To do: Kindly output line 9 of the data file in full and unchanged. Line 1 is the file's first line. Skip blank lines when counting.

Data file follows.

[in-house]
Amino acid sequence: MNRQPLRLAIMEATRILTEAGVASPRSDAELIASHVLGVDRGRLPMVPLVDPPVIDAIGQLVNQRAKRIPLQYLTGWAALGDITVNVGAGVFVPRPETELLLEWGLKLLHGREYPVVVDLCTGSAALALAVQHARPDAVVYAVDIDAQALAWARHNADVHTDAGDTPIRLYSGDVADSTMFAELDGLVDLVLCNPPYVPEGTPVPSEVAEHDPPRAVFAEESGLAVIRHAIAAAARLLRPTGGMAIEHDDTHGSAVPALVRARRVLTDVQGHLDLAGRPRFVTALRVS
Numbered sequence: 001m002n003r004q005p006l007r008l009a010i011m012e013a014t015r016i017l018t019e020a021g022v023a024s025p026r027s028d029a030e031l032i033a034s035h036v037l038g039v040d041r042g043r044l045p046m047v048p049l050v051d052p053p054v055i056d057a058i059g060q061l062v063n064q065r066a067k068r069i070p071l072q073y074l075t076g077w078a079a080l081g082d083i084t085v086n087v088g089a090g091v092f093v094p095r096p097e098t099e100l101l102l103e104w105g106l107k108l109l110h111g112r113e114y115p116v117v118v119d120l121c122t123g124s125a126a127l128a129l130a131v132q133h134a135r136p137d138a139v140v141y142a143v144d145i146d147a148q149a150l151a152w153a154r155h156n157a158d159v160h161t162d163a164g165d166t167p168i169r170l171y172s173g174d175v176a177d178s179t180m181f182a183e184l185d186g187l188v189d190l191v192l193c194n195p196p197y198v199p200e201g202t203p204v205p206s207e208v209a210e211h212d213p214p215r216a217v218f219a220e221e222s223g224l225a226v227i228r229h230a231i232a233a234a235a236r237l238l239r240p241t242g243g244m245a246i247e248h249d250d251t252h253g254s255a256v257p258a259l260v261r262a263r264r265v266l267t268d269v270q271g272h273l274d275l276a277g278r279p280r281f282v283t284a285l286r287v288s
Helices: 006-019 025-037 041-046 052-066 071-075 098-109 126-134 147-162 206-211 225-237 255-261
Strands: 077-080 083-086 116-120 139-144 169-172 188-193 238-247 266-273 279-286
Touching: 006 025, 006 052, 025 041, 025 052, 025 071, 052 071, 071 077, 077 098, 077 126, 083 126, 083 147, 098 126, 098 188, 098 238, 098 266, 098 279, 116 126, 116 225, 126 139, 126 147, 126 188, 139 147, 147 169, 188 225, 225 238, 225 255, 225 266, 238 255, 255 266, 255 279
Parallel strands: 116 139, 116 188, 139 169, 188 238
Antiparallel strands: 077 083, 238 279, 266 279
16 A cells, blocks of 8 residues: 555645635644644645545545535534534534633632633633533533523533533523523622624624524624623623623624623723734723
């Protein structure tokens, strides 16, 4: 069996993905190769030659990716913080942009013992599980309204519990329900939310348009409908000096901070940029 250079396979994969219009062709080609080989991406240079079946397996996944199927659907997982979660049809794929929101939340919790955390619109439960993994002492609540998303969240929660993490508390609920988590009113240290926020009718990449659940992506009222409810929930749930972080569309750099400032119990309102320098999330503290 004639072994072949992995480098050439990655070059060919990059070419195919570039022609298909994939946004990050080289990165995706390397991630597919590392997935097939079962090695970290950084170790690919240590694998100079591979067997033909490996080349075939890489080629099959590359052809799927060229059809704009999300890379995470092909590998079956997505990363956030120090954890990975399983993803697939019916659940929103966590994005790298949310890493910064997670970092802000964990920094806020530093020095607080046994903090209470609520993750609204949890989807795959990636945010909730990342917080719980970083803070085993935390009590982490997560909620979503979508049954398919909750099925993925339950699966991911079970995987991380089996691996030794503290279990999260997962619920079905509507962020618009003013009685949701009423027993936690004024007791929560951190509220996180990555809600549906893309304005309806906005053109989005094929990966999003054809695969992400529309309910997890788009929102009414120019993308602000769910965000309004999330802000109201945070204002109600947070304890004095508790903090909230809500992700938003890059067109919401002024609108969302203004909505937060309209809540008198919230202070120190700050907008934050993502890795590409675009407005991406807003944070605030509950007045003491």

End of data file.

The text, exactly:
16 A cells, blocks of 8 residues: 555645635644644645545545535534534534633632633633533533523533533523523622624624524624623623623624623723734723